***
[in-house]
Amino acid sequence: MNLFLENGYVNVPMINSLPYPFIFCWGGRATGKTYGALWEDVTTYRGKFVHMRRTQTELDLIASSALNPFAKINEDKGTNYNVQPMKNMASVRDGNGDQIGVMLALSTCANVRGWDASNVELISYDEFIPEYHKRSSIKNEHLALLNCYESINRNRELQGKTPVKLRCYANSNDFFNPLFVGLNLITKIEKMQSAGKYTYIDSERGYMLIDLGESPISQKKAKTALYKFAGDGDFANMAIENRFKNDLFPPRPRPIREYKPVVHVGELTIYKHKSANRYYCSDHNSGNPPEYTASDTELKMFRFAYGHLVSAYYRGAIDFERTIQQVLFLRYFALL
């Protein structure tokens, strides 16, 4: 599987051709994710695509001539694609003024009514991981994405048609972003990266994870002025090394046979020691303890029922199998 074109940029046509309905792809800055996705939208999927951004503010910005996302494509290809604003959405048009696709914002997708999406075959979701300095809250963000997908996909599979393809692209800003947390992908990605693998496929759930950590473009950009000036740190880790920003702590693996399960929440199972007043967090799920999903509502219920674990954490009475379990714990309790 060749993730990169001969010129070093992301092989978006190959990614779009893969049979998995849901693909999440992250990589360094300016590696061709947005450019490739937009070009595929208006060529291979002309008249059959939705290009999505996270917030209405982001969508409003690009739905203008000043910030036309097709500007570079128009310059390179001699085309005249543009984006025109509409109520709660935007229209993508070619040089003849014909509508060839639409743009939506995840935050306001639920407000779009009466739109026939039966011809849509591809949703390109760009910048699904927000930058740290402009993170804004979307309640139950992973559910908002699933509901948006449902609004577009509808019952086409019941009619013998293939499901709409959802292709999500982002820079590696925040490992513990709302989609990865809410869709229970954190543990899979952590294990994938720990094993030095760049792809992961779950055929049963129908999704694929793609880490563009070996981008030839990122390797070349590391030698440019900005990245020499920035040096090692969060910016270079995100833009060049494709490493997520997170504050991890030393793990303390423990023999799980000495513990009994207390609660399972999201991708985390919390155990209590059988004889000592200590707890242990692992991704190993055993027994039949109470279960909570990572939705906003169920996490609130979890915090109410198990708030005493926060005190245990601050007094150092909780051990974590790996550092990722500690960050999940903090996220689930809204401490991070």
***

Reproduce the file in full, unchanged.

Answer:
[in-house]
Amino acid sequence: MNLFLENGYVNVPMINSLPYPFIFCWGGRATGKTYGALWEDVTTYRGKFVHMRRTQTELDLIASSALNPFAKINEDKGTNYNVQPMKNMASVRDGNGDQIGVMLALSTCANVRGWDASNVELISYDEFIPEYHKRSSIKNEHLALLNCYESINRNRELQGKTPVKLRCYANSNDFFNPLFVGLNLITKIEKMQSAGKYTYIDSERGYMLIDLGESPISQKKAKTALYKFAGDGDFANMAIENRFKNDLFPPRPRPIREYKPVVHVGELTIYKHKSANRYYCSDHNSGNPPEYTASDTELKMFRFAYGHLVSAYYRGAIDFERTIQQVLFLRYFALL
């Protein structure tokens, strides 16, 4: 599987051709994710695509001539694609003024009514991981994405048609972003990266994870002025090394046979020691303890029922199998 074109940029046509309905792809800055996705939208999927951004503010910005996302494509290809604003959405048009696709914002997708999406075959979701300095809250963000997908996909599979393809692209800003947390992908990605693998496929759930950590473009950009000036740190880790920003702590693996399960929440199972007043967090799920999903509502219920674990954490009475379990714990309790 060749993730990169001969010129070093992301092989978006190959990614779009893969049979998995849901693909999440992250990589360094300016590696061709947005450019490739937009070009595929208006060529291979002309008249059959939705290009999505996270917030209405982001969508409003690009739905203008000043910030036309097709500007570079128009310059390179001699085309005249543009984006025109509409109520709660935007229209993508070619040089003849014909509508060839639409743009939506995840935050306001639920407000779009009466739109026939039966011809849509591809949703390109760009910048699904927000930058740290402009993170804004979307309640139950992973559910908002699933509901948006449902609004577009509808019952086409019941009619013998293939499901709409959802292709999500982002820079590696925040490992513990709302989609990865809410869709229970954190543990899979952590294990994938720990094993030095760049792809992961779950055929049963129908999704694929793609880490563009070996981008030839990122390797070349590391030698440019900005990245020499920035040096090692969060910016270079995100833009060049494709490493997520997170504050991890030393793990303390423990023999799980000495513990009994207390609660399972999201991708985390919390155990209590059988004889000592200590707890242990692992991704190993055993027994039949109470279960909570990572939705906003169920996490609130979890915090109410198990708030005493926060005190245990601050007094150092909780051990974590790996550092990722500690960050999940903090996220689930809204401490991070």